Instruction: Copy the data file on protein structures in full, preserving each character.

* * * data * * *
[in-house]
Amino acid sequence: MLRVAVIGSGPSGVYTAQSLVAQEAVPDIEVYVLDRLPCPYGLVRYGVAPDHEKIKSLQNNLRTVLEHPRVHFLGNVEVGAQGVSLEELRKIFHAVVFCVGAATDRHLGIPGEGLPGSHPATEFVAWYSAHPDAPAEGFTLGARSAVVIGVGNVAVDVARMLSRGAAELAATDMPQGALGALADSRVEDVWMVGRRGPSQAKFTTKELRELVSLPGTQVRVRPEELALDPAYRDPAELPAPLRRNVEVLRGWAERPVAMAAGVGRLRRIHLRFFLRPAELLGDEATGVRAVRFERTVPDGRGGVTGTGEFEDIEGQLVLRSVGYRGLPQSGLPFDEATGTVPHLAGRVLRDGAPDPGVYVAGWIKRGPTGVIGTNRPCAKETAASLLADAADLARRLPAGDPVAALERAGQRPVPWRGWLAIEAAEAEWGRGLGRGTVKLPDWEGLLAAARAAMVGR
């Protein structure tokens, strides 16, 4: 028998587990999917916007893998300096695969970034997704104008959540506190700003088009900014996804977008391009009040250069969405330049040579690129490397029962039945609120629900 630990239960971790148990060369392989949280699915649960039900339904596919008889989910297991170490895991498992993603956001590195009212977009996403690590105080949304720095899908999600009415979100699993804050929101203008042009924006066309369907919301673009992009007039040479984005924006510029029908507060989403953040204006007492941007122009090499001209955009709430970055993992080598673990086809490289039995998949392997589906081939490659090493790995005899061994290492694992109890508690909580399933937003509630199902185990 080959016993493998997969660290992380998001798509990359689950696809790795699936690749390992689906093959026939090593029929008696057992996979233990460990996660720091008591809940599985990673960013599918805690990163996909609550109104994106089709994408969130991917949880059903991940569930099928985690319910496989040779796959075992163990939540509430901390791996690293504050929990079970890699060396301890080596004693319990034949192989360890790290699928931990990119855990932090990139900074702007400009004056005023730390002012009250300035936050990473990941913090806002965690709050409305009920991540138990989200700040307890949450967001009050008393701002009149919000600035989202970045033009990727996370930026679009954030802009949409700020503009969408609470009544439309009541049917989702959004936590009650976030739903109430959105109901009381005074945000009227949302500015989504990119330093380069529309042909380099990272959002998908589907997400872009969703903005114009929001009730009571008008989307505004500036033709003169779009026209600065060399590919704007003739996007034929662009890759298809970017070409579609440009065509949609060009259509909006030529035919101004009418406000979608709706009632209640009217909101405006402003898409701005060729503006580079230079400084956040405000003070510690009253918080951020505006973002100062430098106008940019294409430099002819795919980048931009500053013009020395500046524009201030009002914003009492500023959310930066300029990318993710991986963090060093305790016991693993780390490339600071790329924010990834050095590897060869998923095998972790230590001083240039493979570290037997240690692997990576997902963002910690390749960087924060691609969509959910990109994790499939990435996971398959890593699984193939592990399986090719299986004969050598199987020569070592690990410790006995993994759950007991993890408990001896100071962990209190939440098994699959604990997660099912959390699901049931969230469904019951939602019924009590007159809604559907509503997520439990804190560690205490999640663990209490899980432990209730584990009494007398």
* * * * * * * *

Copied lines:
[in-house]
Amino acid sequence: MLRVAVIGSGPSGVYTAQSLVAQEAVPDIEVYVLDRLPCPYGLVRYGVAPDHEKIKSLQNNLRTVLEHPRVHFLGNVEVGAQGVSLEELRKIFHAVVFCVGAATDRHLGIPGEGLPGSHPATEFVAWYSAHPDAPAEGFTLGARSAVVIGVGNVAVDVARMLSRGAAELAATDMPQGALGALADSRVEDVWMVGRRGPSQAKFTTKELRELVSLPGTQVRVRPEELALDPAYRDPAELPAPLRRNVEVLRGWAERPVAMAAGVGRLRRIHLRFFLRPAELLGDEATGVRAVRFERTVPDGRGGVTGTGEFEDIEGQLVLRSVGYRGLPQSGLPFDEATGTVPHLAGRVLRDGAPDPGVYVAGWIKRGPTGVIGTNRPCAKETAASLLADAADLARRLPAGDPVAALERAGQRPVPWRGWLAIEAAEAEWGRGLGRGTVKLPDWEGLLAAARAAMVGR
């Protein structure tokens, strides 16, 4: 028998587990999917916007893998300096695969970034997704104008959540506190700003088009900014996804977008391009009040250069969405330049040579690129490397029962039945609120629900 630990239960971790148990060369392989949280699915649960039900339904596919008889989910297991170490895991498992993603956001590195009212977009996403690590105080949304720095899908999600009415979100699993804050929101203008042009924006066309369907919301673009992009007039040479984005924006510029029908507060989403953040204006007492941007122009090499001209955009709430970055993992080598673990086809490289039995998949392997589906081939490659090493790995005899061994290492694992109890508690909580399933937003509630199902185990 080959016993493998997969660290992380998001798509990359689950696809790795699936690749390992689906093959026939090593029929008696057992996979233990460990996660720091008591809940599985990673960013599918805690990163996909609550109104994106089709994408969130991917949880059903991940569930099928985690319910496989040779796959075992163990939540509430901390791996690293504050929990079970890699060396301890080596004693319990034949192989360890790290699928931990990119855990932090990139900074702007400009004056005023730390002012009250300035936050990473990941913090806002965690709050409305009920991540138990989200700040307890949450967001009050008393701002009149919000600035989202970045033009990727996370930026679009954030802009949409700020503009969408609470009544439309009541049917989702959004936590009650976030739903109430959105109901009381005074945000009227949302500015989504990119330093380069529309042909380099990272959002998908589907997400872009969703903005114009929001009730009571008008989307505004500036033709003169779009026209600065060399590919704007003739996007034929662009890759298809970017070409579609440009065509949609060009259509909006030529035919101004009418406000979608709706009632209640009217909101405006402003898409701005060729503006580079230079400084956040405000003070510690009253918080951020505006973002100062430098106008940019294409430099002819795919980048931009500053013009020395500046524009201030009002914003009492500023959310930066300029990318993710991986963090060093305790016991693993780390490339600071790329924010990834050095590897060869998923095998972790230590001083240039493979570290037997240690692997990576997902963002910690390749960087924060691609969509959910990109994790499939990435996971398959890593699984193939592990399986090719299986004969050598199987020569070592690990410790006995993994759950007991993890408990001896100071962990209190939440098994699959604990997660099912959390699901049931969230469904019951939602019924009590007159809604559907509503997520439990804190560690205490999640663990209490899980432990209730584990009494007398």